Advice Column, Parenting, Toddler

Your Toddler: A Developmental Checklist: 18 to 24 Months

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  • Category Advice Column, Parenting, Toddler

Remember that all children are individuals and develop at their own pace. This checklist should be used only to get a general sense for where your child is or where he is heading. If you have any concerns about your child’s development, consult with your physician.

Physical Development

  • May jump up
  • Builds tower of four to six cubes
  • Throws ball overhand
  • Puts on article of clothing
  • Washes and dries own hands
  • Can climb stairs with help; by 24 months can go up and down alone, but doesn’t alternate feet
  • May climb out of cot
  • Likes to climb everything
  • Can kick a ball
  • Can ride a foot-to-floor vehicle

Intellectual Development

  • Identifies and points to two to four items in picture
  • Watches, then imitates, dumping of objects
  • Fears loud noises, water, wind, wild animals, and others
  • Enjoys repetition in songs and nursery rhymes
  • Likes to point to nose, mouth etc. when asked “Where is your?”
  • Speaks in two or three word sentences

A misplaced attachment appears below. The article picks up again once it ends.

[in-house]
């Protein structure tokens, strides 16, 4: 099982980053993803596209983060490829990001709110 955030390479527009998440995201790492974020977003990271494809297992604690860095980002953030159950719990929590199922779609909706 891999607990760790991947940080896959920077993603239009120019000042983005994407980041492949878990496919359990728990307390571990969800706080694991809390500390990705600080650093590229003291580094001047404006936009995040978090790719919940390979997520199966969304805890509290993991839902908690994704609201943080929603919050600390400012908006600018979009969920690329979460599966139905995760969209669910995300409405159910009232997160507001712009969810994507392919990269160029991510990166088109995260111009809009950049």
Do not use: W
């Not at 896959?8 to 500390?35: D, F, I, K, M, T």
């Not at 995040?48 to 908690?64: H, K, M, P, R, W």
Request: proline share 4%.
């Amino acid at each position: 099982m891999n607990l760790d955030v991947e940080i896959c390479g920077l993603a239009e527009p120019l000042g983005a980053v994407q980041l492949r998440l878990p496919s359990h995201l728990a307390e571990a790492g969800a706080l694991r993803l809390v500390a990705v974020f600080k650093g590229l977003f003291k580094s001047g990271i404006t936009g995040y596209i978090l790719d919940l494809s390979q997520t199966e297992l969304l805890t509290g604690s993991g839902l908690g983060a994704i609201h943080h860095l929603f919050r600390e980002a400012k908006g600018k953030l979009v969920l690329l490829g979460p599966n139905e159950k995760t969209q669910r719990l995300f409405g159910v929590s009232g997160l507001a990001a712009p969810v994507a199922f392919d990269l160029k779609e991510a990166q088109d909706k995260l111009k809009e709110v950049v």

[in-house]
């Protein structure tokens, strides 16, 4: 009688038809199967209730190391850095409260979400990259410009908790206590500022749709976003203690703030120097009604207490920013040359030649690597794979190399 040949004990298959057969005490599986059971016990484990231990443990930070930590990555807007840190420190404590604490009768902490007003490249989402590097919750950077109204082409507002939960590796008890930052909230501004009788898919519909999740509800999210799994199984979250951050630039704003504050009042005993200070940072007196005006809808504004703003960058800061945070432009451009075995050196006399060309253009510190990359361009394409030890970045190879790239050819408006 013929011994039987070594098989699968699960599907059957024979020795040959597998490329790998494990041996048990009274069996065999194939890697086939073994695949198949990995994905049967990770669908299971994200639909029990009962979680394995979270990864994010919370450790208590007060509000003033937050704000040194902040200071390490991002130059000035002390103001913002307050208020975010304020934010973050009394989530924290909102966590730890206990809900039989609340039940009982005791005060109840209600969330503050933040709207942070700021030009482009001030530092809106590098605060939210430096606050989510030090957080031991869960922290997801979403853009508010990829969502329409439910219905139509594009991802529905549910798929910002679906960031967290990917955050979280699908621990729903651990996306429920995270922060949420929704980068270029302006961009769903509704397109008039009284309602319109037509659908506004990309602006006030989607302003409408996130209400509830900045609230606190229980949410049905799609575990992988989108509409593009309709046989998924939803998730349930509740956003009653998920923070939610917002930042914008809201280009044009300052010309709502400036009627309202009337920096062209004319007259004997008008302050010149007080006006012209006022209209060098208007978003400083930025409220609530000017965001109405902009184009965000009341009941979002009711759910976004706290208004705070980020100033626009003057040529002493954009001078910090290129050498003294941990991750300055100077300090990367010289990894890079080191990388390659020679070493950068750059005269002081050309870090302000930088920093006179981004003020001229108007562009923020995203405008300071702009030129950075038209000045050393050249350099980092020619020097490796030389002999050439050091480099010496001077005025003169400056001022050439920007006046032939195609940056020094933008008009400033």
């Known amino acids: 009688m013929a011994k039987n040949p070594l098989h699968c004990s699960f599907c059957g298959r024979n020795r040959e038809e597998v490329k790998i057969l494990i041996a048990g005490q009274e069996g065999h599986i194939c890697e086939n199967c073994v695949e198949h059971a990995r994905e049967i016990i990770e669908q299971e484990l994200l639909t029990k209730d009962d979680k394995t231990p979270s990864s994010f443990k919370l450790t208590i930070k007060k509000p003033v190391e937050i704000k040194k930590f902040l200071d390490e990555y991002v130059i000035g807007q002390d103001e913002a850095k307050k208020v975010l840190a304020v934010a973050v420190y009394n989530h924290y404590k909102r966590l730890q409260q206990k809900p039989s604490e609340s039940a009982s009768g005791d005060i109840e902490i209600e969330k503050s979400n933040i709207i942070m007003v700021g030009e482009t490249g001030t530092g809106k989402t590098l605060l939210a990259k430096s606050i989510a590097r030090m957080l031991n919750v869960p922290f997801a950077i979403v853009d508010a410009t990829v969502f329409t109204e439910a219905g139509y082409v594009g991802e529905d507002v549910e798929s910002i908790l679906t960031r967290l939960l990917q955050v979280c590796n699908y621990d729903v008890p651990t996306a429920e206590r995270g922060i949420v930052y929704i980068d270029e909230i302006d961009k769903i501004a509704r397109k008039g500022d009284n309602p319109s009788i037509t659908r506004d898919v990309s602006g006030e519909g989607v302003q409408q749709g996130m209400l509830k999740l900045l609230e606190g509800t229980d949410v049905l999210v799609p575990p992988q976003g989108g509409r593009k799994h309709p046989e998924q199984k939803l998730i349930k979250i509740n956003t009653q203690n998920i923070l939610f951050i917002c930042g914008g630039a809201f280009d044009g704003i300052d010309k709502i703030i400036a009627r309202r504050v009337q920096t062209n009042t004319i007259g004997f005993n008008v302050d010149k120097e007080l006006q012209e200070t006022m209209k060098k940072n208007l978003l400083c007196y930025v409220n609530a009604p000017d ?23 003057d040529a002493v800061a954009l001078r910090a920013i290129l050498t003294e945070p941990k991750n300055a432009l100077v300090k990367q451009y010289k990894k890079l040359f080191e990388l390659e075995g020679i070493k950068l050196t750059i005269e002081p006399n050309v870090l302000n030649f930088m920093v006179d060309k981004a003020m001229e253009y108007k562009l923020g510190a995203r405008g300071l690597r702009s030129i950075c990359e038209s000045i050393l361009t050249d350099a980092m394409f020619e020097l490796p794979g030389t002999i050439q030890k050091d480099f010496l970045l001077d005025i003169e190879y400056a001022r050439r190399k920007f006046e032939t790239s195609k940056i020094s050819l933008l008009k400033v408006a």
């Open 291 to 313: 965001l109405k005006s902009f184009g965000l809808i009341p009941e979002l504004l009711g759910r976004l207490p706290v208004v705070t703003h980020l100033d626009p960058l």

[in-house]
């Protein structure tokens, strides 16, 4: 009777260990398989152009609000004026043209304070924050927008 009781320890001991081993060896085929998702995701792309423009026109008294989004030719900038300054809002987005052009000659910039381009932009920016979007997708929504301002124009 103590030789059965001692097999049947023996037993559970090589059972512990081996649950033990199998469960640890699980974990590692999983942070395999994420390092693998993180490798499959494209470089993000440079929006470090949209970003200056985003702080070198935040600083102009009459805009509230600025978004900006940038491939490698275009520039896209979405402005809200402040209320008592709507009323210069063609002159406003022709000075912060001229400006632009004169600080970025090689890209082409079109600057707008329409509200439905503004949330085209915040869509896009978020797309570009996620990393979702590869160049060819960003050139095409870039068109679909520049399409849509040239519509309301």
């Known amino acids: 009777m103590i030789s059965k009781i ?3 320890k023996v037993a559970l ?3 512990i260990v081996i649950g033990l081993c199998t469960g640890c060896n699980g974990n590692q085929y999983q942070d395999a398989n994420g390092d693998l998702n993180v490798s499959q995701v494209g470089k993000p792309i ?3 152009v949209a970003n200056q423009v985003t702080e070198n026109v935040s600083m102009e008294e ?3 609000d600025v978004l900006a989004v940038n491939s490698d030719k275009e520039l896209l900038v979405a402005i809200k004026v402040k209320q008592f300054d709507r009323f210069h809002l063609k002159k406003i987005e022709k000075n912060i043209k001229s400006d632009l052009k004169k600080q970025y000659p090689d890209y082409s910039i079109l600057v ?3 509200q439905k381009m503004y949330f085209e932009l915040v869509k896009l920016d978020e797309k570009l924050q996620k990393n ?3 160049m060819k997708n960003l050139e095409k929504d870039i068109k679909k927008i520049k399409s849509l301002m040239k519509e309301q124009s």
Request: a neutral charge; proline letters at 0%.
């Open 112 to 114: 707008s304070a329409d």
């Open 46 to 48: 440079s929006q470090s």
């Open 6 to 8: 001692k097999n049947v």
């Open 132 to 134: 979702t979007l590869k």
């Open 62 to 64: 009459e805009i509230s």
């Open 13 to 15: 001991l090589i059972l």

• Learning that everything has a name; may ask constantly, “What’s that?”
  • Speaks and is understood more than half the time
  • Understands role of prepositions in speech

Social And Emotional Development

  • Experiments with aggressive responses to disliked things
  • Separation anxiety lessens
  • Seeks adult approval
  • Comes when called
  • Likes to help with daily routines
  • Communicates feelings with words and gestures
  • Is eager to please

Language Development

  • Speaks in two or three word sentences
  • Learning that everything has a name; may ask constantly, “What’s that?”
  • Speaks and is understood more than half the time
  • Understands role of prepositions in speech

Our parenting advice is given as suggestions only. We recommend you also consult your healthcare provider, and urge you to contact them immediately if your question is urgent or about a medical condition.

By Dr. Bettye M. Caldwell Ph.D. Professor of Pediatrics in Child Development and Education

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